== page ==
David B. Wright Memorial Foundation (DBWMF) director and founder Shawnte’ Wright still remembers Feb. 4, 2009 —a date she’ll never forget. That was the day that her husband, David Bryan Wright, a Marine Corps veteran, was fatally shot by three teenage males in a botched robbery attempt.

Rather then blame the youth that not only drastically altered her life but the lives of her three children, the longtime Baltimorean established a foundation in her husband’s memory as a means of support for troubled teens.

“The foundation was started as a result of my husband’s death and I just wanted to turn a negative into a positive,” Wright said. “I was kind of tired of the community and the students that are struggling out here with survival and stopping the violence. to give them an impact of knowing that education is far more important and we can help them to prolong their life and do better things.”

Only two years into its existence, the DBWMF continues to make strides in uplifting members around the Baltimore community through various avenues. The foundation helps relatives of victims of crime and bereaved family members while providing resources and educational support services for drug recovery and shelter homes. Additionally, the foundation also engages teens with healthy development of life skills and provides several after-school services that help to educate both children and adults

The DBWMF will host its second annual State of Restoration and Family Union Conference later this year in September aboard the Spirit of Baltimore. The conference will address the issues surrounding victims of crime that have impacted the lives of families and students.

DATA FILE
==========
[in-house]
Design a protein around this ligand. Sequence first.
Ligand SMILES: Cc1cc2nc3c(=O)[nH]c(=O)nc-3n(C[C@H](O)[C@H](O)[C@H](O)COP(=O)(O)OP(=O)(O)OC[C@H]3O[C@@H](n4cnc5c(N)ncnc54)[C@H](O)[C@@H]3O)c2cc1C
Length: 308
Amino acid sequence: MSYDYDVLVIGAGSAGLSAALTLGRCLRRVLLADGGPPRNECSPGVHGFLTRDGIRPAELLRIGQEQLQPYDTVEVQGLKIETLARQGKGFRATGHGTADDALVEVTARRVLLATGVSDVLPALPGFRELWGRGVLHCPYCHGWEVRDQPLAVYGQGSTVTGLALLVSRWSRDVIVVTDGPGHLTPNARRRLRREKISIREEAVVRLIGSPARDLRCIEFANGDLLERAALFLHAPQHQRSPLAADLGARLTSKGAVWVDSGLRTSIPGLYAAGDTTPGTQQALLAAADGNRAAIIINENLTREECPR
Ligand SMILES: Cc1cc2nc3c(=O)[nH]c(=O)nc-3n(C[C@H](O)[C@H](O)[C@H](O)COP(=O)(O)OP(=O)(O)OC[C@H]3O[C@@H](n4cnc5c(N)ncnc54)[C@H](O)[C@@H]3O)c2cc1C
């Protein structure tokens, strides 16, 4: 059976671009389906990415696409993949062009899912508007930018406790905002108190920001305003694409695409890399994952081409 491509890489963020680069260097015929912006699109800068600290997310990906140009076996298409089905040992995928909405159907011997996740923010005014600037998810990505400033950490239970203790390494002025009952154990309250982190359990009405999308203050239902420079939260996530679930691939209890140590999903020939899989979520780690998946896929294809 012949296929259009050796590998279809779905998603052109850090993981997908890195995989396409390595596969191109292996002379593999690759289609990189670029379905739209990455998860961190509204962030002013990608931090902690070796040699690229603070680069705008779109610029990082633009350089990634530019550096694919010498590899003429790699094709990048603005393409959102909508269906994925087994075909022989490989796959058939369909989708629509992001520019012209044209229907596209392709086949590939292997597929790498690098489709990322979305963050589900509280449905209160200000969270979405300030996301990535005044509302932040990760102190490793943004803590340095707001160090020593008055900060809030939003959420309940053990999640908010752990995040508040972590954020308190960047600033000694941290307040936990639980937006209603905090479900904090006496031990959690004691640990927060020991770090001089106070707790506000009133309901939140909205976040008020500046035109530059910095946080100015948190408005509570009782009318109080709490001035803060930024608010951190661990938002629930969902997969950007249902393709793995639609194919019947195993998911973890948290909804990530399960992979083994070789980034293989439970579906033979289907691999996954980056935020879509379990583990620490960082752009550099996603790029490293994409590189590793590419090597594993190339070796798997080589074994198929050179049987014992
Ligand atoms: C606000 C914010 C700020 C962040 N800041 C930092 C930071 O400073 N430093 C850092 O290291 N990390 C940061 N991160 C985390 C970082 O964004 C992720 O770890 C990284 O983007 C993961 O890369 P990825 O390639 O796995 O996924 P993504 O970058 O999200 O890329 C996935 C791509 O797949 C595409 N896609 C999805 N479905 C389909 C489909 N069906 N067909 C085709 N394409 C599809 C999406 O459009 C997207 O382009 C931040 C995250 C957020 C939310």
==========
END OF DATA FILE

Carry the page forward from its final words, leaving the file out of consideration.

In May, members of the DBWMF took a tour of the University of Maryland Medical Center’s Shock Trauma Center to expose teens to the positive and negative consequences associated with decision-making. According to one student, the visit was a success.

“I think it went very well because a lot of people saw how violence can affect a person as well as other people at the same time,” said 17-year-old Patterson High School student and program participant Brittany Palmer. “It just helped me realize that everything you do has a consequence.”

Although her foundation is still fairly new, Wright admits that her program has made significant strides so far and the plan is to keep the ball rolling.

“So far we’ve been able to partner with other outreach community advocates and we’re involved in trying to help and get referrals to teenagers, students, possible students as well as elementary and middle school students. We’ve been doing peer group support in local libraries and different community events. We’re currently doing fund raisers… we’re in the process of raising the foundation money to actually award scholarships for high school students that want to go to college.”

For more information on the David B. Wright Memorial Foundation, please visit: www.davidbwrightmemorialfoundation.org

 

Stephen D. Riley

Special to the AFRO